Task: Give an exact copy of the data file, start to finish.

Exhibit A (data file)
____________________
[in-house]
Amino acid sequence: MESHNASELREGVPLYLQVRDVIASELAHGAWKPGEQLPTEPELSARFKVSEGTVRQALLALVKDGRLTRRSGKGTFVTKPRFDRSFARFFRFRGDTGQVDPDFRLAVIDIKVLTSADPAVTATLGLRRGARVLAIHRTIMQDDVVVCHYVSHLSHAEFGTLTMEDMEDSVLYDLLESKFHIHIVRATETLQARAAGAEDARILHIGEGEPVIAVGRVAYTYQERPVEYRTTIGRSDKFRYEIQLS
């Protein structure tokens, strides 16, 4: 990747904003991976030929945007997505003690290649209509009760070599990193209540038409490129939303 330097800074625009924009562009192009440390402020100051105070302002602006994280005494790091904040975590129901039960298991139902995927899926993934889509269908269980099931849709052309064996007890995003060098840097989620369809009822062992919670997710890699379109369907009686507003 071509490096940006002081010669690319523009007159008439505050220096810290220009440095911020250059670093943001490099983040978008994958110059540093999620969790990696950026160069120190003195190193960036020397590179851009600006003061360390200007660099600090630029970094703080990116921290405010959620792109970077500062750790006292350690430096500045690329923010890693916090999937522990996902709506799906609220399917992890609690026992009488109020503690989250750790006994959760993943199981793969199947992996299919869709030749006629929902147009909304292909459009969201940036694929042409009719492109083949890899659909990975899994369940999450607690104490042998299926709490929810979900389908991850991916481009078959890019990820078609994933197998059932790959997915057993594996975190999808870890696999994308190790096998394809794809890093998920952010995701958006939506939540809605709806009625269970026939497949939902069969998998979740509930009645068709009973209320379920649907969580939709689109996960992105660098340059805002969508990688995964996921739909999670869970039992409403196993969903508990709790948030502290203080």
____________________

[in-house]
Amino acid sequence: MESHNASELREGVPLYLQVRDVIASELAHGAWKPGEQLPTEPELSARFKVSEGTVRQALLALVKDGRLTRRSGKGTFVTKPRFDRSFARFFRFRGDTGQVDPDFRLAVIDIKVLTSADPAVTATLGLRRGARVLAIHRTIMQDDVVVCHYVSHLSHAEFGTLTMEDMEDSVLYDLLESKFHIHIVRATETLQARAAGAEDARILHIGEGEPVIAVGRVAYTYQERPVEYRTTIGRSDKFRYEIQLS
């Protein structure tokens, strides 16, 4: 990747904003991976030929945007997505003690290649209509009760070599990193209540038409490129939303 330097800074625009924009562009192009440390402020100051105070302002602006994280005494790091904040975590129901039960298991139902995927899926993934889509269908269980099931849709052309064996007890995003060098840097989620369809009822062992919670997710890699379109369907009686507003 071509490096940006002081010669690319523009007159008439505050220096810290220009440095911020250059670093943001490099983040978008994958110059540093999620969790990696950026160069120190003195190193960036020397590179851009600006003061360390200007660099600090630029970094703080990116921290405010959620792109970077500062750790006292350690430096500045690329923010890693916090999937522990996902709506799906609220399917992890609690026992009488109020503690989250750790006994959760993943199981793969199947992996299919869709030749006629929902147009909304292909459009969201940036694929042409009719492109083949890899659909990975899994369940999450607690104490042998299926709490929810979900389908991850991916481009078959890019990820078609994933197998059932790959997915057993594996975190999808870890696999994308190790096998394809794809890093998920952010995701958006939506939540809605709806009625269970026939497949939902069969998998979740509930009645068709009973209320379920649907969580939709689109996960992105660098340059805002969508990688995964996921739909999670869970039992409403196993969903508990709790948030502290203080």